• If I end up having to terminate our relationship before the case is resolved, will I have to owe you anything and if so, how much would I need to pay you?
  • How strong of a case is my dog bite lawsuit?
  • In addition to my fees, would there be extra expenses I would need to pay you related to my dog bite case?
  • Can you assist me with finding proper medical care to deal with my dog bite injuries?
  • What are all the potential outcomes of my dog bite lawsuit?
  • Is my dog bite lawsuit a winnable one?

Who is liable for a dog bite case?

Missouri's statutes regarding dog bites, and who could be liable for injuries, have changed quite a bit in recent years. Prior to 2009, Missouri was what is called a "one bite" state. This meant that if a dog had never previously shown signs of being dangerous, the owner was not at fault if it attacked a stranger. In practice, this meant that dogs got one free bite before victims could sue for their dog bite injuries and the dog's owner could be deemed negligent. Currently, twenty states follow this rule for dog bite liability.

But in 2009, the Missouri General Assembly passed a new standard for dog bite liability. Officially Missouri RS 273.036, this law changed Missouri's standard for dog bite lawsuits to a "strict liability" standard. Missouri is now one of 30 states (plus the District of Columbia) that uses strict liability for dog bites. The new law states that any dog owner is liable if their dog bites anyone without provocation, either on public property or if the victim was lawfully on private property, and causes an injury as a result of their bite. This is regardless of whether their dog had ever bit anyone or anything before this incident. On top of potential civil damages their owner must pay out, the statute in Missouri also requires liable owners to pay a fine of no more than $1,000.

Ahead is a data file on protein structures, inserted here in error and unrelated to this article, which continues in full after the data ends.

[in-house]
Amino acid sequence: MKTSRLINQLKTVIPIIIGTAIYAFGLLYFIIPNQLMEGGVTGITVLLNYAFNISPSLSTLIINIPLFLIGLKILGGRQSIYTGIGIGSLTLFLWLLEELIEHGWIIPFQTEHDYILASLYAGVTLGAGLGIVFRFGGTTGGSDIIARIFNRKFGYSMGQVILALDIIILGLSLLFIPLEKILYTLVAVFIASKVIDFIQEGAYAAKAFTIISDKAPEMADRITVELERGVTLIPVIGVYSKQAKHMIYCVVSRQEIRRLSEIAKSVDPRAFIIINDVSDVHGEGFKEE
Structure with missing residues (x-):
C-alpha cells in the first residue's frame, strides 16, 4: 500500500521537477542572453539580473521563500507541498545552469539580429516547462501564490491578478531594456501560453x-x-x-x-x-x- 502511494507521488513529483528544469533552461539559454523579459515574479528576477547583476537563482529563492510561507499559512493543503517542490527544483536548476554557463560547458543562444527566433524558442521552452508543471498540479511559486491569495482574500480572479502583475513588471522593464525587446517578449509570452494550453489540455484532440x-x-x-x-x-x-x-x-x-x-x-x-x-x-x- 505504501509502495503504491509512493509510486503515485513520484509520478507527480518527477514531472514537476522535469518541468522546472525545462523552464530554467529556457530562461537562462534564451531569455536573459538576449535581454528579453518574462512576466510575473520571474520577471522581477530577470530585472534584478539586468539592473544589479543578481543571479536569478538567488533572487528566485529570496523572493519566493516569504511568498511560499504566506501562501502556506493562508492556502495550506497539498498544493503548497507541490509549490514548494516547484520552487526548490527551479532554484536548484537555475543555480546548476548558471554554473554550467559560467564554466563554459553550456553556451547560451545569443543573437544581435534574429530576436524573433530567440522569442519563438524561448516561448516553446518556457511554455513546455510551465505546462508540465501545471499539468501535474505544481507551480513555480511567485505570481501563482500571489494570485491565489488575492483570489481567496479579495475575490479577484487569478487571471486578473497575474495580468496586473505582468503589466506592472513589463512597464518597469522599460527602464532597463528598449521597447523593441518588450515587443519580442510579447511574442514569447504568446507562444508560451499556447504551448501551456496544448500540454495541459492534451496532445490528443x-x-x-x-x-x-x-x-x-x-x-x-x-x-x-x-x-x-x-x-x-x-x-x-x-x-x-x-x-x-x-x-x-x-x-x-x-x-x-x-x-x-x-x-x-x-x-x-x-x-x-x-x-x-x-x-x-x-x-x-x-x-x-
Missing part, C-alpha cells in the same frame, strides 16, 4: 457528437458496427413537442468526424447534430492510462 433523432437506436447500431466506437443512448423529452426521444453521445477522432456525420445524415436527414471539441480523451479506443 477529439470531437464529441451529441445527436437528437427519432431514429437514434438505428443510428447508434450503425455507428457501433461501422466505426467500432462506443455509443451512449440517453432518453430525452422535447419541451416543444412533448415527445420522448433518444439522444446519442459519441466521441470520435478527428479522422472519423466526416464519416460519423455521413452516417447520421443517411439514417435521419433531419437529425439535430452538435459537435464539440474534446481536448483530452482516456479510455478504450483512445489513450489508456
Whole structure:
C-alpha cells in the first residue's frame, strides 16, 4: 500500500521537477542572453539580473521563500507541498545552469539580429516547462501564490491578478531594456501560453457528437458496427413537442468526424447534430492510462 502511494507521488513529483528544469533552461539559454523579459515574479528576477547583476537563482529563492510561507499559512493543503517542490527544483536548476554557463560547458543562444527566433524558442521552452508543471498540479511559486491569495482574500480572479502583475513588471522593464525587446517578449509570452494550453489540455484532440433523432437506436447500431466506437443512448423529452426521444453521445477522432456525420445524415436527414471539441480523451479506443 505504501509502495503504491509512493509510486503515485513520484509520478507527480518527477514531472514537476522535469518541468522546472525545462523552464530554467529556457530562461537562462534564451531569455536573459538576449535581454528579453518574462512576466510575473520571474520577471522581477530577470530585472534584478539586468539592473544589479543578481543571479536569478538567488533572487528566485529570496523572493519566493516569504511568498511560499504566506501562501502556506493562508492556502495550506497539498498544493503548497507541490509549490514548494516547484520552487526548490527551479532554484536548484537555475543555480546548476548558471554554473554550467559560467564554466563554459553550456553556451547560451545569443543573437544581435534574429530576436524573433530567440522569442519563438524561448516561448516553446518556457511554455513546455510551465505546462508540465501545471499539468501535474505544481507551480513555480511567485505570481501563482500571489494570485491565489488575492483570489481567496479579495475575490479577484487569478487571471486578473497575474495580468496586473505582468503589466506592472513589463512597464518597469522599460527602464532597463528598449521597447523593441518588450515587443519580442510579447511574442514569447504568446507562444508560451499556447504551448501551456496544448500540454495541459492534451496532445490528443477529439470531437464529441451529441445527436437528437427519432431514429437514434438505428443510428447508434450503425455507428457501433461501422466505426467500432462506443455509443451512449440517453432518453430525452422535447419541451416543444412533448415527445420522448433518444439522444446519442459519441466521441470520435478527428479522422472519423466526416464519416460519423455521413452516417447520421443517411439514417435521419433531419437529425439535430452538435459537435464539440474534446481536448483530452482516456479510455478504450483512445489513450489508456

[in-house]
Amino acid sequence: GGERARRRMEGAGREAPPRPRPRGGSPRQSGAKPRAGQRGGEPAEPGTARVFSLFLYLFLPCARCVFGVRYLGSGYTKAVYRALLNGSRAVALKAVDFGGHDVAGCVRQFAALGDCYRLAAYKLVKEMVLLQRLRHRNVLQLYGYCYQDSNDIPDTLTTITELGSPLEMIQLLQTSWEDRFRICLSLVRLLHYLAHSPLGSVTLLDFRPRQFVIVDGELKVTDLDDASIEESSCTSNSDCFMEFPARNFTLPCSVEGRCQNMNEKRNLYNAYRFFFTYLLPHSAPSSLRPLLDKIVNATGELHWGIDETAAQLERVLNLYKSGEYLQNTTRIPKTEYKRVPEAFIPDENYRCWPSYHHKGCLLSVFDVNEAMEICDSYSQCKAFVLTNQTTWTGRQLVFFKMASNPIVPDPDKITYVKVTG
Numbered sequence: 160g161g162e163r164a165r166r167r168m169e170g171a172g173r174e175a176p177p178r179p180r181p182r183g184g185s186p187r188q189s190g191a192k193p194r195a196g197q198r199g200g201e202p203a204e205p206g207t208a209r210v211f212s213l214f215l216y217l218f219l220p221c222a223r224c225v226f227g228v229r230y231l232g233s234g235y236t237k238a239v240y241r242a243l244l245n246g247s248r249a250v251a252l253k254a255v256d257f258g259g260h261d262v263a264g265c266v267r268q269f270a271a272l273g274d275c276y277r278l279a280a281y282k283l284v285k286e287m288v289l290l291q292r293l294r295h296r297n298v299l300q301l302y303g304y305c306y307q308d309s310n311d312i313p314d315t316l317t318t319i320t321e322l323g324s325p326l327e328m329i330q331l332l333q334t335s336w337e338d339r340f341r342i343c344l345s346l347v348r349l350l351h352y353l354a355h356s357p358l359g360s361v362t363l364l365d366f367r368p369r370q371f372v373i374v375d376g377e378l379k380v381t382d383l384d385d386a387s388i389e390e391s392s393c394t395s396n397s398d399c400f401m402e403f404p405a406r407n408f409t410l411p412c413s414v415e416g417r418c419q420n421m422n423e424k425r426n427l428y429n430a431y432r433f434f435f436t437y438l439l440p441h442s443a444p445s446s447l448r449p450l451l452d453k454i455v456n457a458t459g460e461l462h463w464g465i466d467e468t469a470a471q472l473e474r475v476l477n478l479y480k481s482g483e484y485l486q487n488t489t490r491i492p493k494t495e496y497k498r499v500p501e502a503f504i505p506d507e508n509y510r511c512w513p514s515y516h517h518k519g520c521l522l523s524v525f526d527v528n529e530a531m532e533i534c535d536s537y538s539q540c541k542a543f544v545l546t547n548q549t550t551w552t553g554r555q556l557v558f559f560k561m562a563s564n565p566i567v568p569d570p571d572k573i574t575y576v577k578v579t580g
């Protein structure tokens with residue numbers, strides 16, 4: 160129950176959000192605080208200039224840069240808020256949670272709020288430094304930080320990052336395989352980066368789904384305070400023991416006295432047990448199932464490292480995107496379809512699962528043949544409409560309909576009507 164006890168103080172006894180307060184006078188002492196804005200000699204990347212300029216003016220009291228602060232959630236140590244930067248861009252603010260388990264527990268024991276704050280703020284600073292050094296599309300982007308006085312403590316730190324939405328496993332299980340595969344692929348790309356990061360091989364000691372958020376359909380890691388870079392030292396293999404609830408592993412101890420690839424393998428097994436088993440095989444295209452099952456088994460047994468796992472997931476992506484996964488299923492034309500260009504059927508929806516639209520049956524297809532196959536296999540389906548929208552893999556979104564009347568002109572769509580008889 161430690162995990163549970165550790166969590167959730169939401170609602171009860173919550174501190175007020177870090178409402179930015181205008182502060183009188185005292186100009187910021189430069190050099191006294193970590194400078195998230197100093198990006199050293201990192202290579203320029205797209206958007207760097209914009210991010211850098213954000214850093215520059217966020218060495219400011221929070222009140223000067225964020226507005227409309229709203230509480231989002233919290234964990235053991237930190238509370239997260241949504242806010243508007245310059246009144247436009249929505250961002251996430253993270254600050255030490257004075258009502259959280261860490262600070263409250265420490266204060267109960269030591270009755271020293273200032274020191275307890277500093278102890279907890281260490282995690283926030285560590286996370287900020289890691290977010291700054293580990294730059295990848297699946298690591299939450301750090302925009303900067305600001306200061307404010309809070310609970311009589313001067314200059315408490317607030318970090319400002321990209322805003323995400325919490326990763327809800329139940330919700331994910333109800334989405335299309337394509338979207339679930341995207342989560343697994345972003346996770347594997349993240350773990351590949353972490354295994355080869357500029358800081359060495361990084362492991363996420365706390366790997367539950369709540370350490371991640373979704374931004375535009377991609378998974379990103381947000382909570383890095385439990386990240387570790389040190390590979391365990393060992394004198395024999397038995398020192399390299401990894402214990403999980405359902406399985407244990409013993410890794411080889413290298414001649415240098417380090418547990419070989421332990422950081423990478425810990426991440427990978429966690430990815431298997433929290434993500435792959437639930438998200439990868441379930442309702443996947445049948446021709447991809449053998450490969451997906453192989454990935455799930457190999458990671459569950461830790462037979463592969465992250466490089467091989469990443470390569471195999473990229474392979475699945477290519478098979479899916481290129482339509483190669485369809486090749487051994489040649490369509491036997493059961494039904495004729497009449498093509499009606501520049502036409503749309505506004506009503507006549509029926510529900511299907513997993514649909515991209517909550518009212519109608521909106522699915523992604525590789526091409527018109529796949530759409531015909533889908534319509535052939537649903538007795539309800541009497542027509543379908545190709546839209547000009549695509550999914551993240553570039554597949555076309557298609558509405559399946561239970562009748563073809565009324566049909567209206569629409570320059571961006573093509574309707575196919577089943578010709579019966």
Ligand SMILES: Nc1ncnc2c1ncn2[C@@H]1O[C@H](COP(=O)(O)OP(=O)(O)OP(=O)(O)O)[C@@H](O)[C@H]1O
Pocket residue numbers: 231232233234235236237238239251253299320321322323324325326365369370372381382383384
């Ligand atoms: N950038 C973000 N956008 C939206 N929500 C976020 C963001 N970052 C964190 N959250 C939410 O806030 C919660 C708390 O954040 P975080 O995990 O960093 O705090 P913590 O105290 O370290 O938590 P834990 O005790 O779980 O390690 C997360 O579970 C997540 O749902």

Illinois has always been a "strict liability" state. Its dog bite laws are officially gathered under 510 Illinois CS 5, otherwise known as the Animal Control Act. Like in Missouri, it places all responsibility for dog bites upon the owner of the dog, noting that if a dog bites a human being its owner is "liable in civil damages to such person for the full amount of the injury caused".

What is the statute of limitations for dog bites?